[reaction to OYB’s OT readings for Sep. 24-29]
In keeping with the last post comparing Christianity to Bhuddism, today’s passages from Isaiah remind me of what I know of Islam. First, we get several very clear announcements that not only is the God of Israel (usually also called Jacob by Isaiah) the bestest god, he is the only God. The refrain is, “I am YHWH, and there is no other; apart from me there is no God.” Also, in these passages the idols are really called out as being worthless. This is from Isaiah 44:10-11, “Who shapes a god and casts an idol, which can profit nothing? People who do that will be put to shame; such craftsmen are only human beings. Let them all come together and take their stand; they will be brought down to terror and shame.” The passage contrasts the false gods, which are made by their adherents, with the real by whom his adherents were made. Islam is not only fiercely monotheistic, but it takes concerns about idols and graven images very serious.
Another source of competition for God was magic. Isaiah doesn’t exactly call them fake, but finds them must less worthy than the creator of the universe. The final thing of note for me, is the evolution of God from War God, to only God for Israel, to only real God, seems to have inspired the notion that YHWH is the God for everyone. As it says in the forty-fifth chapter:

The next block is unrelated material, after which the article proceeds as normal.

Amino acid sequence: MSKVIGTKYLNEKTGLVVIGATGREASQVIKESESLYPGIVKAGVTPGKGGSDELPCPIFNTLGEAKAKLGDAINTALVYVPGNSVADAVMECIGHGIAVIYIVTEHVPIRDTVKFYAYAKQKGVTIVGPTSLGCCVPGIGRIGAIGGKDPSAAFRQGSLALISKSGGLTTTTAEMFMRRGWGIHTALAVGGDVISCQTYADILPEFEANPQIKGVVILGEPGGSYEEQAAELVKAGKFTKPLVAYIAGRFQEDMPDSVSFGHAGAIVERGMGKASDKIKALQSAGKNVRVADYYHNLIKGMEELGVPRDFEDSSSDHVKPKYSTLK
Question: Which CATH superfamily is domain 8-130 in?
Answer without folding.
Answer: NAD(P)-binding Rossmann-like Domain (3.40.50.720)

22 “Turn to me and be saved,
all you ends of the earth;
for I am God, and there is no other.
23 By myself I have sworn,
my mouth has uttered in all integrity
a word that will not be revoked:
Before me every knee will bow;
by me every tongue will swear.
24 They will say of me, ‘In the LORD alone
are deliverance and strength.’”
All who have raged against him
will come to him and be put to shame.
25 But all the descendants of Israel
will find deliverance in the LORD
and will make their boast in him.”
It interests me that the monotheists had to conclude that God’s target was more inclusive in order to transition to the notion that theirs was the only real God. I wonder if there are positive implications to that. Obviously, there are troubling negative impacts.